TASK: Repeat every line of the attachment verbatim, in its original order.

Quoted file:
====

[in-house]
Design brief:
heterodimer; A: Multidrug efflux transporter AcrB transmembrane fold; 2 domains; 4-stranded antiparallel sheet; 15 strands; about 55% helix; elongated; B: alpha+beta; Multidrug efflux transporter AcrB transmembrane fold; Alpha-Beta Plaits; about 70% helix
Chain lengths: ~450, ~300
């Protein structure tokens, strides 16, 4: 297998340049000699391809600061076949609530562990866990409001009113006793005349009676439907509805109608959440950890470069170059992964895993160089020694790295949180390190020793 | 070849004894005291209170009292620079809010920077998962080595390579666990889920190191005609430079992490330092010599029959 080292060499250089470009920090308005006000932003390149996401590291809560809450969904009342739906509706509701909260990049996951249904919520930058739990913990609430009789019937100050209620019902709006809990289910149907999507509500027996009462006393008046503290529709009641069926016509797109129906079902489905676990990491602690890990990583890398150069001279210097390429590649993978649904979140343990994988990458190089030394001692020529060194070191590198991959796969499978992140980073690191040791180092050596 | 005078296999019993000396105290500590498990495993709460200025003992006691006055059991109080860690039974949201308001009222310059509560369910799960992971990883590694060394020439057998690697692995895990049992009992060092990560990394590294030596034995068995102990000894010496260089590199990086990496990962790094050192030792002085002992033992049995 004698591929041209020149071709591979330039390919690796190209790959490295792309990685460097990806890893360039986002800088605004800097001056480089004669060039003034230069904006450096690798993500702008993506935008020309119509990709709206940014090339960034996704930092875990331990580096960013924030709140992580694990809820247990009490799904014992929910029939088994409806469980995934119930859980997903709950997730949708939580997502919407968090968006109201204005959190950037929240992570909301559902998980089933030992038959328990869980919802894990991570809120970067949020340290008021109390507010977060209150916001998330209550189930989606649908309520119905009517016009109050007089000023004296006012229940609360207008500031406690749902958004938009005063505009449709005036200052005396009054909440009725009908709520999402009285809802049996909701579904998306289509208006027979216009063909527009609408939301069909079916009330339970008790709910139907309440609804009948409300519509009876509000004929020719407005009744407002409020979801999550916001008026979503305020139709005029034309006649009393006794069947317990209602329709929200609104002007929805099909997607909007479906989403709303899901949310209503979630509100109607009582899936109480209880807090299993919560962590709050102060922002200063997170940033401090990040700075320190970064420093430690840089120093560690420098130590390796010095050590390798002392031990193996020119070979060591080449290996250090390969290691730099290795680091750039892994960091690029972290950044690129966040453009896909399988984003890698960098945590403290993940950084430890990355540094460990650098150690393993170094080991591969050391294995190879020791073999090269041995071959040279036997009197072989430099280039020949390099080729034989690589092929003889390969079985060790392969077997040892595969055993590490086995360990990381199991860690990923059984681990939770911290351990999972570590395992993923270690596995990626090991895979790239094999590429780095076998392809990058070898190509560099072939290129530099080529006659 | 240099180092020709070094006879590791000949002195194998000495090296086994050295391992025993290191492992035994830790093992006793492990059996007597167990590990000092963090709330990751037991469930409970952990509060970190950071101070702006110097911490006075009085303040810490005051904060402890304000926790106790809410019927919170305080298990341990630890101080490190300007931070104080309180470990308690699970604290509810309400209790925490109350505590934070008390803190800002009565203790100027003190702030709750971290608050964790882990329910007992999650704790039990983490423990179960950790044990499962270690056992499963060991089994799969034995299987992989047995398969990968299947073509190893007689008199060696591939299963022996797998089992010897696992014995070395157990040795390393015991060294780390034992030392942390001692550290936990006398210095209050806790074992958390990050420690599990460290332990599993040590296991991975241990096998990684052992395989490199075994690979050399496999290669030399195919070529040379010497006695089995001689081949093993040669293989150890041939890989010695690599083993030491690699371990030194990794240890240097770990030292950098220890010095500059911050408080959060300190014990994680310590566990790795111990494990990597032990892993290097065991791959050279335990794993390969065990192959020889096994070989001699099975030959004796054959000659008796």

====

[in-house]
Design brief:
heterodimer; A: Multidrug efflux transporter AcrB transmembrane fold; 2 domains; 4-stranded antiparallel sheet; 15 strands; about 55% helix; elongated; B: alpha+beta; Multidrug efflux transporter AcrB transmembrane fold; Alpha-Beta Plaits; about 70% helix
Chain lengths: ~450, ~300
């Protein structure tokens, strides 16, 4: 297998340049000699391809600061076949609530562990866990409001009113006793005349009676439907509805109608959440950890470069170059992964895993160089020694790295949180390190020793 | 070849004894005291209170009292620079809010920077998962080595390579666990889920190191005609430079992490330092010599029959 080292060499250089470009920090308005006000932003390149996401590291809560809450969904009342739906509706509701909260990049996951249904919520930058739990913990609430009789019937100050209620019902709006809990289910149907999507509500027996009462006393008046503290529709009641069926016509797109129906079902489905676990990491602690890990990583890398150069001279210097390429590649993978649904979140343990994988990458190089030394001692020529060194070191590198991959796969499978992140980073690191040791180092050596 | 005078296999019993000396105290500590498990495993709460200025003992006691006055059991109080860690039974949201308001009222310059509560369910799960992971990883590694060394020439057998690697692995895990049992009992060092990560990394590294030596034995068995102990000894010496260089590199990086990496990962790094050192030792002085002992033992049995 004698591929041209020149071709591979330039390919690796190209790959490295792309990685460097990806890893360039986002800088605004800097001056480089004669060039003034230069904006450096690798993500702008993506935008020309119509990709709206940014090339960034996704930092875990331990580096960013924030709140992580694990809820247990009490799904014992929910029939088994409806469980995934119930859980997903709950997730949708939580997502919407968090968006109201204005959190950037929240992570909301559902998980089933030992038959328990869980919802894990991570809120970067949020340290008021109390507010977060209150916001998330209550189930989606649908309520119905009517016009109050007089000023004296006012229940609360207008500031406690749902958004938009005063505009449709005036200052005396009054909440009725009908709520999402009285809802049996909701579904998306289509208006027979216009063909527009609408939301069909079916009330339970008790709910139907309440609804009948409300519509009876509000004929020719407005009744407002409020979801999550916001008026979503305020139709005029034309006649009393006794069947317990209602329709929200609104002007929805099909997607909007479906989403709303899901949310209503979630509100109607009582899936109480209880807090299993919560962590709050102060922002200063997170940033401090990040700075320190970064420093430690840089120093560690420098130590390796010095050590390798002392031990193996020119070979060591080449290996250090390969290691730099290795680091750039892994960091690029972290950044690129966040453009896909399988984003890698960098945590403290993940950084430890990355540094460990650098150690393993170094080991591969050391294995190879020791073999090269041995071959040279036997009197072989430099280039020949390099080729034989690589092929003889390969079985060790392969077997040892595969055993590490086995360990990381199991860690990923059984681990939770911290351990999972570590395992993923270690596995990626090991895979790239094999590429780095076998392809990058070898190509560099072939290129530099080529006659 | 240099180092020709070094006879590791000949002195194998000495090296086994050295391992025993290191492992035994830790093992006793492990059996007597167990590990000092963090709330990751037991469930409970952990509060970190950071101070702006110097911490006075009085303040810490005051904060402890304000926790106790809410019927919170305080298990341990630890101080490190300007931070104080309180470990308690699970604290509810309400209790925490109350505590934070008390803190800002009565203790100027003190702030709750971290608050964790882990329910007992999650704790039990983490423990179960950790044990499962270690056992499963060991089994799969034995299987992989047995398969990968299947073509190893007689008199060696591939299963022996797998089992010897696992014995070395157990040795390393015991060294780390034992030392942390001692550290936990006398210095209050806790074992958390990050420690599990460290332990599993040590296991991975241990096998990684052992395989490199075994690979050399496999290669030399195919070529040379010497006695089995001689081949093993040669293989150890041939890989010695690599083993030491690699371990030194990794240890240097770990030292950098220890010095500059911050408080959060300190014990994680310590566990790795111990494990990597032990892993290097065991791959050279335990794993390969065990192959020889096994070989001699099975030959004796054959000659008796």